|Numéro de publication||US5154143 A|
|Type de publication||Octroi|
|Numéro de demande||US 07/690,882|
|Date de publication||13 oct. 1992|
|Date de dépôt||26 oct. 1990|
|Date de priorité||25 nov. 1989|
|État de paiement des frais||Caduc|
|Autre référence de publication||DE3939066A1, EP0455762A1, EP0455762B1, WO1991008383A1|
|Numéro de publication||07690882, 690882, PCT/1990/818, PCT/DE/1990/000818, PCT/DE/1990/00818, PCT/DE/90/000818, PCT/DE/90/00818, PCT/DE1990/000818, PCT/DE1990/00818, PCT/DE1990000818, PCT/DE199000818, PCT/DE90/000818, PCT/DE90/00818, PCT/DE90000818, PCT/DE9000818, US 5154143 A, US 5154143A, US-A-5154143, US5154143 A, US5154143A|
|Cessionnaire d'origine||Robert Bosch Gmbh|
|Exporter la citation||BiBTeX, EndNote, RefMan|
|Citations de brevets (8), Référencé par (30), Classifications (5), Événements juridiques (6)|
|Liens externes: USPTO, Cession USPTO, Espacenet|
The invention is based on an electrohydraulic valve control device for internal combustion engines. In a known valve control device of this type, each individually controllable engine valve is assigned a solenoid valve so that in a multi-cylinder engine, there must be a number of solenoid valves which corresponds to the number of cylinders. This not only drives the costs of the entire control equipment, but it also raises the equipment's susceptibility to faults. For example, individual electrical wiring must be present between each solenoid valve and the electronic control unit, and the individual outlets for this wiring and solenoid valves must have a correspondingly elaborate switching and programming facility within the electronic control unit.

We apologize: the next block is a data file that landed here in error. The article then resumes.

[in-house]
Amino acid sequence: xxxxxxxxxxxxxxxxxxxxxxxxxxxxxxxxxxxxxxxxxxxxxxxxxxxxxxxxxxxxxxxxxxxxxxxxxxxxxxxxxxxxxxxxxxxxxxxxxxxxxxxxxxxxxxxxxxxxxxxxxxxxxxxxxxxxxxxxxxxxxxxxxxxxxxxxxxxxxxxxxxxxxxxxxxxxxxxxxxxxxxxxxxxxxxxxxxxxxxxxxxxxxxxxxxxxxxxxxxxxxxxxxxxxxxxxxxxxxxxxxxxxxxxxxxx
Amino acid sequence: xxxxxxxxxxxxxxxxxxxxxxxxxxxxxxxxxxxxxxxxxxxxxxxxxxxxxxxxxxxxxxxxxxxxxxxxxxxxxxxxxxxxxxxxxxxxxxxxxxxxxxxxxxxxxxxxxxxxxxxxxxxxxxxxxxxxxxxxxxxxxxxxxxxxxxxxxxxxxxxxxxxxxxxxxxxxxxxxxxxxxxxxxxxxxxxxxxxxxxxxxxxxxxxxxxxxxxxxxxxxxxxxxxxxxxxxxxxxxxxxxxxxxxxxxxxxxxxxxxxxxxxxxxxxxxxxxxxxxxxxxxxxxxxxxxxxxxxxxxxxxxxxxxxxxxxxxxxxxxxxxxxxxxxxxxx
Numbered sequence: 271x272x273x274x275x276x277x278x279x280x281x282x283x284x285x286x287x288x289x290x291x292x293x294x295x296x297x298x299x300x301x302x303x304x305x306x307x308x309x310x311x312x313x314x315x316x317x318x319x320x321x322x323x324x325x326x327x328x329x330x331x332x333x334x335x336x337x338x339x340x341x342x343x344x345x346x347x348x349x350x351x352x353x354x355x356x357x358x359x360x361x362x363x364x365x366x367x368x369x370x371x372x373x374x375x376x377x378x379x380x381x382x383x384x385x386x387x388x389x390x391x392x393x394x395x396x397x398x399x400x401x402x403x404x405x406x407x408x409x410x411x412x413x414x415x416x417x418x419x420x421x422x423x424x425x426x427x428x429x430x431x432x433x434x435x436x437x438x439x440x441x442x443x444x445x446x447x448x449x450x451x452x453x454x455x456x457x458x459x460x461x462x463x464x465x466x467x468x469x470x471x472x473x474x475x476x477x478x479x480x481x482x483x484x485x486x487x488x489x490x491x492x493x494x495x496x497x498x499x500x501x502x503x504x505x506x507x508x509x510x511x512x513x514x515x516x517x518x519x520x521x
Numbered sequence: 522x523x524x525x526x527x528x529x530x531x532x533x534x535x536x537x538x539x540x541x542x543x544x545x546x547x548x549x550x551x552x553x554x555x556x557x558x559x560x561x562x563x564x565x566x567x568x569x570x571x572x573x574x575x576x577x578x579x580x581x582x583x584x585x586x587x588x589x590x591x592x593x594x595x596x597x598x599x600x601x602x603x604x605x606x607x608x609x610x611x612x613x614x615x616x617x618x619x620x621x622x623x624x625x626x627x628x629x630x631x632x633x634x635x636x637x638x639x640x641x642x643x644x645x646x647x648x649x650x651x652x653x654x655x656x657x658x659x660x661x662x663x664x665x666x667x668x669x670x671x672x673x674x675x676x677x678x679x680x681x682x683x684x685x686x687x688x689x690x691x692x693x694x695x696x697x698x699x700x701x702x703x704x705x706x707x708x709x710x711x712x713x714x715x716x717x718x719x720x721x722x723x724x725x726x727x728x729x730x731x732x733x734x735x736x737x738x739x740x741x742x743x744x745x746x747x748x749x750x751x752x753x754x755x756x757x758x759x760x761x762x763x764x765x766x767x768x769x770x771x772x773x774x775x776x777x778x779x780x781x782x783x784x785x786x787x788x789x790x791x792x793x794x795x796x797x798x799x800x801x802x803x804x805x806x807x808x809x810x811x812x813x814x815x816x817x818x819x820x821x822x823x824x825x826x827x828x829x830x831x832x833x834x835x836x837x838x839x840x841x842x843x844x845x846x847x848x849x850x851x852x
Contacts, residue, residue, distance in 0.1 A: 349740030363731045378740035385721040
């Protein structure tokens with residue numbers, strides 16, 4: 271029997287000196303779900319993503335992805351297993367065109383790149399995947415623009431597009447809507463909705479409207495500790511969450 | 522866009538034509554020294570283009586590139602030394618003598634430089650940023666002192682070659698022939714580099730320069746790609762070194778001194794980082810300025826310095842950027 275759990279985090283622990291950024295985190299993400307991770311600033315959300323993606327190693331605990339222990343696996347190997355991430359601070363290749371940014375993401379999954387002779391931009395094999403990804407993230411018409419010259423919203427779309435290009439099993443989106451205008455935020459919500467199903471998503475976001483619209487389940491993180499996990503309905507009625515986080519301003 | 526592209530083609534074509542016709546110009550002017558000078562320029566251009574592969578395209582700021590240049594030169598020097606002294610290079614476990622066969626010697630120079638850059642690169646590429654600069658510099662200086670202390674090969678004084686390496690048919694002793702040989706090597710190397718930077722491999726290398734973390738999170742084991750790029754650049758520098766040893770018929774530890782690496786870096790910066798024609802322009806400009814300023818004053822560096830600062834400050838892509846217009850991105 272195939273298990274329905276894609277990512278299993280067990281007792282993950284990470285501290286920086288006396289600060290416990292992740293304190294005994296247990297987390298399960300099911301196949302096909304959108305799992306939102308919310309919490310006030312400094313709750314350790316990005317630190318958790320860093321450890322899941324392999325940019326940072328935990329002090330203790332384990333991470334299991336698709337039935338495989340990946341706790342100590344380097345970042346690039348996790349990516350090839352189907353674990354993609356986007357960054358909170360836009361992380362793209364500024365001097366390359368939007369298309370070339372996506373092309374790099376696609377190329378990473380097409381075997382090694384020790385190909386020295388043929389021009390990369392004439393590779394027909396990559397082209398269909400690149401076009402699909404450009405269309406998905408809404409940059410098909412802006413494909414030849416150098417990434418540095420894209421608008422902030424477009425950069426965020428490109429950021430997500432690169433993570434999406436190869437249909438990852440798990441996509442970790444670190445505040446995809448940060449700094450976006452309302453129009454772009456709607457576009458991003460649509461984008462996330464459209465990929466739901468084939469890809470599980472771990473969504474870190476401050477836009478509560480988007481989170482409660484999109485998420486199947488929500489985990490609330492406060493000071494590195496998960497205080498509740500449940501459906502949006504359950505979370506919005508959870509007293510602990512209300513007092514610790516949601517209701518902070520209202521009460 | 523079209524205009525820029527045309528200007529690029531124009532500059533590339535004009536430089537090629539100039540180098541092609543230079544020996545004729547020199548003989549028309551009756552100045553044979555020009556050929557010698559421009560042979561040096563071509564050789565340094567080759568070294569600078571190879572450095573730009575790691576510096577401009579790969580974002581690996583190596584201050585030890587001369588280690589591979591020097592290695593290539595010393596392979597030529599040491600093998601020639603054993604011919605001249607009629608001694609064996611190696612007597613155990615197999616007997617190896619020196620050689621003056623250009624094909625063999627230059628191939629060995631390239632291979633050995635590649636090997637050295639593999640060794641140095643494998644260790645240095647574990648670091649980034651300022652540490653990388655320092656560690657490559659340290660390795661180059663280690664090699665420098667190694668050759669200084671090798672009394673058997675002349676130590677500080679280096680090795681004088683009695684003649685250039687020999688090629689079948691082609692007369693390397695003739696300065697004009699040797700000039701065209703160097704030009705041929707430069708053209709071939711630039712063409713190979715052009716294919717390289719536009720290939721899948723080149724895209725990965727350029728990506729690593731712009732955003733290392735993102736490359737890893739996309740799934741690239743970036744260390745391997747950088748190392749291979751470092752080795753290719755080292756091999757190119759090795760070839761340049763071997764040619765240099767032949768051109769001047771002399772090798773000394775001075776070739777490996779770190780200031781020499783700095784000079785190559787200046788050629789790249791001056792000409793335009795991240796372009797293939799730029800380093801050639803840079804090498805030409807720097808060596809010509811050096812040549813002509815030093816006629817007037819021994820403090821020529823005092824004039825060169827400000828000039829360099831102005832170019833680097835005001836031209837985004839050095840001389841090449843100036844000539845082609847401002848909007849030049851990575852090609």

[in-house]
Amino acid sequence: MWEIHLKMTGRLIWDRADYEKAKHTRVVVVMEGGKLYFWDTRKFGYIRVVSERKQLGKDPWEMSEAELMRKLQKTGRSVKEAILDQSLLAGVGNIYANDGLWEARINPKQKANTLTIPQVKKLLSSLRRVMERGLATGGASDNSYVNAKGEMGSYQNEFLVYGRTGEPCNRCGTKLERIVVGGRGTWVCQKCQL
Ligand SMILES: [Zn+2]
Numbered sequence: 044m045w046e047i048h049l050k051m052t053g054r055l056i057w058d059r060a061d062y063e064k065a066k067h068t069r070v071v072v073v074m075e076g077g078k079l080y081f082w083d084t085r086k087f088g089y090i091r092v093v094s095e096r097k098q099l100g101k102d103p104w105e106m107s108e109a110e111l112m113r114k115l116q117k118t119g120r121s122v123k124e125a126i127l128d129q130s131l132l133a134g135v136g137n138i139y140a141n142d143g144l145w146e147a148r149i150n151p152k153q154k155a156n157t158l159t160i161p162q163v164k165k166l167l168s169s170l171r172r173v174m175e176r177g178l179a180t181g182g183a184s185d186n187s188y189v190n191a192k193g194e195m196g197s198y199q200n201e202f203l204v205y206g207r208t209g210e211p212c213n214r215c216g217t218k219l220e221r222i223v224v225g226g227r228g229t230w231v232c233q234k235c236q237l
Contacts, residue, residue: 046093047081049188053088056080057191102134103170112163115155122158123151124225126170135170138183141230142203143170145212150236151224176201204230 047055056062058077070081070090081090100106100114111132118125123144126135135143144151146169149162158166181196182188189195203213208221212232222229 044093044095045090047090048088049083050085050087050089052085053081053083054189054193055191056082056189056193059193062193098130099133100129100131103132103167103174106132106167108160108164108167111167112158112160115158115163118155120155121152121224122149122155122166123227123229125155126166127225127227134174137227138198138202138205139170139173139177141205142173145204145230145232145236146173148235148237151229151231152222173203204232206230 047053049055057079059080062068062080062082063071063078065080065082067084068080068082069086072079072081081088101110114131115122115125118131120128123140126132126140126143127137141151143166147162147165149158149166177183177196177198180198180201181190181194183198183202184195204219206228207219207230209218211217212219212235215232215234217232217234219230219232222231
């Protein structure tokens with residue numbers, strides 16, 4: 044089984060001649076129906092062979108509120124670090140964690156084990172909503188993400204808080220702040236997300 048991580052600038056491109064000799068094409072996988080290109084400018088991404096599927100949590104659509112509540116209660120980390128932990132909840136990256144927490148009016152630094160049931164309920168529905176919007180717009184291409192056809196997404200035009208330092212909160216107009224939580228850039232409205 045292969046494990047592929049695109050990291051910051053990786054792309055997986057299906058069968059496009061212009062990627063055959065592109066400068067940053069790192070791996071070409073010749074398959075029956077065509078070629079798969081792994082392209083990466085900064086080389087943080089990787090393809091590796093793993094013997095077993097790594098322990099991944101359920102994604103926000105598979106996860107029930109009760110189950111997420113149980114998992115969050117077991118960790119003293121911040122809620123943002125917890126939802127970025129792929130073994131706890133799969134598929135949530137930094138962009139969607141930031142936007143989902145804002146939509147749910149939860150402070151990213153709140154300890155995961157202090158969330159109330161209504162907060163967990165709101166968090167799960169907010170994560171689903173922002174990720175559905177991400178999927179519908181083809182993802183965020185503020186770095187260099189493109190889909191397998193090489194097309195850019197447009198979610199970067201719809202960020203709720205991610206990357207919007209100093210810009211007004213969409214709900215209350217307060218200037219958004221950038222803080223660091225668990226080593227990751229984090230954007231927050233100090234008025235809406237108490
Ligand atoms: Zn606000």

In a non-controllable engine valve, the opening stroke curve of the valve corresponds to the curve of the path of the actuating cam. The opening time cross-section is arranged so that it satisfies the maximum requirements, namely the full load at maximum number of revolutions. In the case of lower speeds, the torque and the performance of the internal combustion engine can be improved, as is known, when the closing instant of the engine inlet valve is arranged to occur earlier. Due to the lower number of revolutions and the reduced load, the required opening time cross-section will naturally also be reduced. For the shortening of the opening time cross-section, the drain passage is opened during the opening control action of the engine valve, as is known, by the solenoid valve, which is problematic in that a high opening control pressure exists at this instant in the pressure chamber, by which pressure, the solenoid valve is also pressurized. In order to be able to overcome this pressure, the solenoid valve must have either a pilot control or a strong opening magnet, in which a pilot control is time intensive, whereas a strong magnet is weight, volume, and cost intensive.